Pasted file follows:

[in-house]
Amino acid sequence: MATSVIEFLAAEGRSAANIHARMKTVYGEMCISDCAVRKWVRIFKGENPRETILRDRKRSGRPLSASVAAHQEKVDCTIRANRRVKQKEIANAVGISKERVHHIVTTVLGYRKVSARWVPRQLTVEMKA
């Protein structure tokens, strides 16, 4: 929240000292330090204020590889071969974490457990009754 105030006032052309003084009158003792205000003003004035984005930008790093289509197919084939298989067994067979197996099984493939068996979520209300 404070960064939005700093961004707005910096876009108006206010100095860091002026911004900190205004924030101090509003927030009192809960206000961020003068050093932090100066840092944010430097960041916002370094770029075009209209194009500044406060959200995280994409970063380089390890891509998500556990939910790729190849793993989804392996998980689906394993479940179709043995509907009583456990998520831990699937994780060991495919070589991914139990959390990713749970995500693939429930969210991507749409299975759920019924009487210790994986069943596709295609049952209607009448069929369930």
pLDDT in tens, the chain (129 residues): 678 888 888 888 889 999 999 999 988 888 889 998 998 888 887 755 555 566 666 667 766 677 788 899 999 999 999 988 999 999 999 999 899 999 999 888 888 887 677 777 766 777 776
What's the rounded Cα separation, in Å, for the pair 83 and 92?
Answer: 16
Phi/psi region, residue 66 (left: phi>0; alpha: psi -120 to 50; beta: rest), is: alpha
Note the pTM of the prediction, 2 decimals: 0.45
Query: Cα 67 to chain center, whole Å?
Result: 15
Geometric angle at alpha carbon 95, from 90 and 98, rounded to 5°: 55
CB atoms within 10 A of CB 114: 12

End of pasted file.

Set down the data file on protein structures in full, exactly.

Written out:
[in-house]
Amino acid sequence: MATSVIEFLAAEGRSAANIHARMKTVYGEMCISDCAVRKWVRIFKGENPRETILRDRKRSGRPLSASVAAHQEKVDCTIRANRRVKQKEIANAVGISKERVHHIVTTVLGYRKVSARWVPRQLTVEMKA
């Protein structure tokens, strides 16, 4: 929240000292330090204020590889071969974490457990009754 105030006032052309003084009158003792205000003003004035984005930008790093289509197919084939298989067994067979197996099984493939068996979520209300 404070960064939005700093961004707005910096876009108006206010100095860091002026911004900190205004924030101090509003927030009192809960206000961020003068050093932090100066840092944010430097960041916002370094770029075009209209194009500044406060959200995280994409970063380089390890891509998500556990939910790729190849793993989804392996998980689906394993479940179709043995509907009583456990998520831990699937994780060991495919070589991914139990959390990713749970995500693939429930969210991507749409299975759920019924009487210790994986069943596709295609049952209607009448069929369930």
pLDDT in tens, the chain (129 residues): 678 888 888 888 889 999 999 999 988 888 889 998 998 888 887 755 555 566 666 667 766 677 788 899 999 999 999 988 999 999 999 999 899 999 999 888 888 887 677 777 766 777 776
What's the rounded Cα separation, in Å, for the pair 83 and 92?
Answer: 16
Phi/psi region, residue 66 (left: phi>0; alpha: psi -120 to 50; beta: rest), is: alpha
Note the pTM of the prediction, 2 decimals: 0.45
Query: Cα 67 to chain center, whole Å?
Result: 15
Geometric angle at alpha carbon 95, from 90 and 98, rounded to 5°: 55
CB atoms within 10 A of CB 114: 12